Did I mention changing the master page? In on premises SharePoint that’s been the practice, for Office 365 as a best practice and for long term supportability… No you should avoid it. It will break inheritance and force you to maintain it through updates. Still feel like you need to do it? There are exceptions, but with Javascript injection there are more flexible ways of changing what you need to.

Should you never ever customize the master page? I do think there are exceptions. Those that are building a CMS, publishing based Intranet are a good example of that. You can control the total look and feel of a site with the master page and publishing features.

Is that enough? Just because Microsoft says don’t customize or don’t really change the master page, won’t stop you from doing it if you want to. So, if you are making master page changes, it’s up to you to stay up to date with the ongoing product updates applied to SharePoint Online. Luckily, you can preview new changes within your tenant by going to the SharePoint Online admin center and enabling preview features. In addition you can create a dev tenant and put it on the early adopter to opt into quicker updates. This is great for a dev or test environment to first experience what may happen first so you can plan to deal with it. You can have as many site collections on either tenant to support QA and UAT. The preview features is also nice so you can slowly ease into the changes and be notified in the UI of changes and flip back if needed.

What about my sites or delve profiles? There are some options. Sonja covers the history and options of Office 365 branding of my sites.

Personally I expect the Delve background photo to be customizable in the near future. I hope to see more company branding options out of the box here as well.

Have other resources and Ideas?  Share them in the comments!

UPDATE: The new Modern Team sites and Communication sites in Office 365 are now responsive by default and the new Hub Sites have been announced to include Themes and look and feel that are inherited across the child based sites associated. This means design will be more fluid and easy to do in the future.  In addition SharePoint 2019 appears set to include much of this modern design work in Office 365.  More info to come!!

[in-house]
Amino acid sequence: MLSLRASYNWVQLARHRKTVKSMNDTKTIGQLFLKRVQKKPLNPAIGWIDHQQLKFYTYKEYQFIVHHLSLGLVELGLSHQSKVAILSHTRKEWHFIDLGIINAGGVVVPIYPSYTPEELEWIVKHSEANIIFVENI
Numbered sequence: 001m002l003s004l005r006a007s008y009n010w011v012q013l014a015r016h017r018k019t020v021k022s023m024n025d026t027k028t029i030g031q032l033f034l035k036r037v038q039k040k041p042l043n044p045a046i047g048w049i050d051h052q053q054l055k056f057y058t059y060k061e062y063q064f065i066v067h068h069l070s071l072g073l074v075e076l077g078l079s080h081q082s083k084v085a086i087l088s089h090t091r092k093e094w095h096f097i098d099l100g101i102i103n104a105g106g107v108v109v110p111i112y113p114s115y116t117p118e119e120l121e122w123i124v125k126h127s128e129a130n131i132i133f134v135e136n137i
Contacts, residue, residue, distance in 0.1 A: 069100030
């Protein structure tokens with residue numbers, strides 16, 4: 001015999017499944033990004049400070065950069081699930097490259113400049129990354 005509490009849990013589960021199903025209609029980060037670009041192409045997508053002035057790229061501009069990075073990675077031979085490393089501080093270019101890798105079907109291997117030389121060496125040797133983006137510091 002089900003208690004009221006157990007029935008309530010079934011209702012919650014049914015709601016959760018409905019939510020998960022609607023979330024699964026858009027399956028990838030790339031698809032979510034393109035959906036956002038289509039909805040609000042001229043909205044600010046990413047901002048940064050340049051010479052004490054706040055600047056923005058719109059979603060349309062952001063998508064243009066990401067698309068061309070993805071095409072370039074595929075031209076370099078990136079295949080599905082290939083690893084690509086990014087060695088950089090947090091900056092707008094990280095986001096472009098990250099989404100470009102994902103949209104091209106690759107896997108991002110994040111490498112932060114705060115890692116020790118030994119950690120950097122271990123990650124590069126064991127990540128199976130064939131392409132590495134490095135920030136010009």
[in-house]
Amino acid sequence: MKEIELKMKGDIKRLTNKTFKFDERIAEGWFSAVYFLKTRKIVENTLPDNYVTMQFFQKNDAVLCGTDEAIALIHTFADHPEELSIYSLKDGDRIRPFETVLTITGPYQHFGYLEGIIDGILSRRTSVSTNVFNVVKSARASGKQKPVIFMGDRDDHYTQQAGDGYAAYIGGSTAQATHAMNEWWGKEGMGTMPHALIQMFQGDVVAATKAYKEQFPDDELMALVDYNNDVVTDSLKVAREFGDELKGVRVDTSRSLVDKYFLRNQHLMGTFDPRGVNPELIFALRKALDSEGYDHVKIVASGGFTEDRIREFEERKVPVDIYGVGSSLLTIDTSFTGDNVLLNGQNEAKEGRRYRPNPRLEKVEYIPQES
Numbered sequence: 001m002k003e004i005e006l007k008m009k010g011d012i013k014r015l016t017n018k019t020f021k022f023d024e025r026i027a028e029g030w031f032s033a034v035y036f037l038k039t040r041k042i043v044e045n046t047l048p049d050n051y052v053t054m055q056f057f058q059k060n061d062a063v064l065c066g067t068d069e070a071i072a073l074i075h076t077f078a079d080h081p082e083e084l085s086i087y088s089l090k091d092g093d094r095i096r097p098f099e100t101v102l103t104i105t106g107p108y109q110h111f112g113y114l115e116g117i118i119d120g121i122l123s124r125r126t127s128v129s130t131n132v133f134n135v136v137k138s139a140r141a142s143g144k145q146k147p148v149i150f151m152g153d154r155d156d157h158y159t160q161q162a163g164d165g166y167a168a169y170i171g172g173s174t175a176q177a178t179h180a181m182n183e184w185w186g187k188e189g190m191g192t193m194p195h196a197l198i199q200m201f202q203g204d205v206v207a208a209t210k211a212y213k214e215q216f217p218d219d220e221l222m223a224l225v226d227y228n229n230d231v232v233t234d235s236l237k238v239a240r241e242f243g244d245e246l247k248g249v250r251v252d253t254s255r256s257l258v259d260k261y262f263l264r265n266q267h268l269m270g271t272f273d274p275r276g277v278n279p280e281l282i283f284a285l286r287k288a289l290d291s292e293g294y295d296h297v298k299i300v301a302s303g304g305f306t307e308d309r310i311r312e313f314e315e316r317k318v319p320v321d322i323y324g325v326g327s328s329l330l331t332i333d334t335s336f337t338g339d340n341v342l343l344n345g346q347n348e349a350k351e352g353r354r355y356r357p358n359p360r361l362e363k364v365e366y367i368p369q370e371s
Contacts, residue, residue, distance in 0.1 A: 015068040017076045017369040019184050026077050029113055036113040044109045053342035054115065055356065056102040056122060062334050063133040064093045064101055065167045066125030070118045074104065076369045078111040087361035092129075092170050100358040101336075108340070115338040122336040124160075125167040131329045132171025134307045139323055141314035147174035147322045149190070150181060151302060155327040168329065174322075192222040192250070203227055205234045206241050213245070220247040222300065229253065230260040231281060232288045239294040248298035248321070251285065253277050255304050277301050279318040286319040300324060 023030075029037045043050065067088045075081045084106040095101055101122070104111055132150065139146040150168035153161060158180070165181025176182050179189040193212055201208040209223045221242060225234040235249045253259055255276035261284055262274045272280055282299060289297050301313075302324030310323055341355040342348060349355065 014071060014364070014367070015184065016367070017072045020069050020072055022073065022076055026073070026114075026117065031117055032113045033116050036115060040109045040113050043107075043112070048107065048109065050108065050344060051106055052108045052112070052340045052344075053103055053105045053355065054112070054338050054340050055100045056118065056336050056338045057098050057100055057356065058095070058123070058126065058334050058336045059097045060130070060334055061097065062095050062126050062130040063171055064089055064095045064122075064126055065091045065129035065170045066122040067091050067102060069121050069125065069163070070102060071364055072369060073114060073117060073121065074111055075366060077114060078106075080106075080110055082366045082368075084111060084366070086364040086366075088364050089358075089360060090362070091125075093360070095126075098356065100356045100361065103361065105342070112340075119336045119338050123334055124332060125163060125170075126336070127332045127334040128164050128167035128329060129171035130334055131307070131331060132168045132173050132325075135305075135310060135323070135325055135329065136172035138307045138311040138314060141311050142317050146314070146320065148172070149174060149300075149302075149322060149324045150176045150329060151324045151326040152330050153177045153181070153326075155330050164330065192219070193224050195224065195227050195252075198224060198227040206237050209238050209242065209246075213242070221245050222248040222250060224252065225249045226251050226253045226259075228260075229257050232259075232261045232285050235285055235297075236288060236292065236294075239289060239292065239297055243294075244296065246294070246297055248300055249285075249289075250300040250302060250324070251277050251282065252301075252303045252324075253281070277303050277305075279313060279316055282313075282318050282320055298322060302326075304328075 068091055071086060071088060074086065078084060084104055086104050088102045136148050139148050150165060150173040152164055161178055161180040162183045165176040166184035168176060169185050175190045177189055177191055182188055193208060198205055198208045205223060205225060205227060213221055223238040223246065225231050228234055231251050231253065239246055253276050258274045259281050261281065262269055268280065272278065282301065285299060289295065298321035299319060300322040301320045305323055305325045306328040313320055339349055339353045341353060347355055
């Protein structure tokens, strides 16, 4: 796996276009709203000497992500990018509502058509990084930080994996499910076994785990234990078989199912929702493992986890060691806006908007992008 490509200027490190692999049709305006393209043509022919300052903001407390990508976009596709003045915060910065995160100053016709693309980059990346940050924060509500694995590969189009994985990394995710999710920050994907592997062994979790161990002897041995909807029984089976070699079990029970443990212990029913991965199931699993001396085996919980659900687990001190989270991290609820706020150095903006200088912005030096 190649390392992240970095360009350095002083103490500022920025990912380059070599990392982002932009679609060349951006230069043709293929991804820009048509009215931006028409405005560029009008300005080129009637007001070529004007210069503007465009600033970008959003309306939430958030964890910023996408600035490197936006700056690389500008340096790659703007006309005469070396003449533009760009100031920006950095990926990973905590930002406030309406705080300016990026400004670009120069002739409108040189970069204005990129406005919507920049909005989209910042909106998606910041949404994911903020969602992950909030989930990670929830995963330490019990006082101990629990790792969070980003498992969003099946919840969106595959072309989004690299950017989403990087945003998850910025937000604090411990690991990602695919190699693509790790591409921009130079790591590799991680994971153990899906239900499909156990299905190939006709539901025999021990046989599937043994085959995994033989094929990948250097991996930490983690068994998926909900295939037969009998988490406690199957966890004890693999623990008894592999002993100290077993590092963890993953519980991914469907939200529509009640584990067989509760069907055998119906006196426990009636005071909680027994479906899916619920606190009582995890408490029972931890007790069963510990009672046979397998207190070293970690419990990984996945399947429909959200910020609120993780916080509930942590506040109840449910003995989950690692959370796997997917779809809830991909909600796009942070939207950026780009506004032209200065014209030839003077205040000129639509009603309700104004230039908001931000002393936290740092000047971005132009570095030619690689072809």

SharePoint Usage

SharePoint Community: Cease and Desist Using SharePoint Improperly

<Update>I’m pleased to say @sharepoint has informed me this was an isolated incident, and according to a post on reddit they are working to restore the Facebook page. (Thanks for listening!)

This apparently is not a big crackdown on branding guidelines in the community like I thought it was.  I still think it is important to be familiar with the branding guidelines and try to be more compliant in our usage of the terms and logos especially if you plan to make money.

I do encourage Microsoft to clarify “Community Usage” and even find a way for us to use the logo in our community materials and even a way to use the product in our domain names without having to get permission.

In an effort to help clarify the intention of this post I have edited it to temper some of the language as it was called sensational.  It is my intention to educate and inform.

Joel 12/24/2013


Have you read Good bye SharePoint Community. It was nice knowing you?  Looks like Microsoft legal hasn’t been collaborating with Microsoft PR.  Definitely not good PR, and definitely not constructive for the community.  In this case it’s a rehash of some of what they started back in the early days.  I remember talking to one of the first SharePoint MVPs… Adam.  His company use to be SharePoint Security.  They came down hard and he renamed his company.  Another of the early SharePoint MVPs who shall stay nameless…  Remember SharePoint University and SharePoint Blogs?  Even SharePoint Experts?  SharePoint is often used in names and names of small companies.  Microsoft at times has allowed some of that to happen in the community, but be warned… the whip has cracked…. no longer!



In the past there were times they’d go after the bigger guys I remember a time they came after Quest in how they were using SharePoint in the name of their products.  They even had a cease and desist to stop printing some of their stickers that had the name SharePoint on them.  I’m sure there were other companies as well that got the heads up to stop using the word SharePoint, or to simply use it properly.  It is Microsoft’s prerogative to control the use of their product names.  I think if we were to really go back in history we’d find that SharePoint wasn’t the name of the product until after 2007.  2001 was SharePoint Portal, and 2003 was Office SharePoint or Windows SharePoint, and SharePoint didn’t really exist as a brand until 2007.  There were strong usage guidelines that SharePoint was not to be used as a stand alone noun.  Ask Lawrence Liu… I think he spent days and days haggling on how he could create cool jackets for the SharePoint community.  Ooops can we call it the SharePoint Community?  Back in those days if it was to be printed it had to be called Office Community or SharePoint Portal Community or Windows SharePoint Community.  That’s even why we had to simply shorten things to MOSS. Just so we could get the branding police off our backs.  For the most part the branding police were simply watching the marketing team and larger enterprise companies making money with the use of the term SharePoint.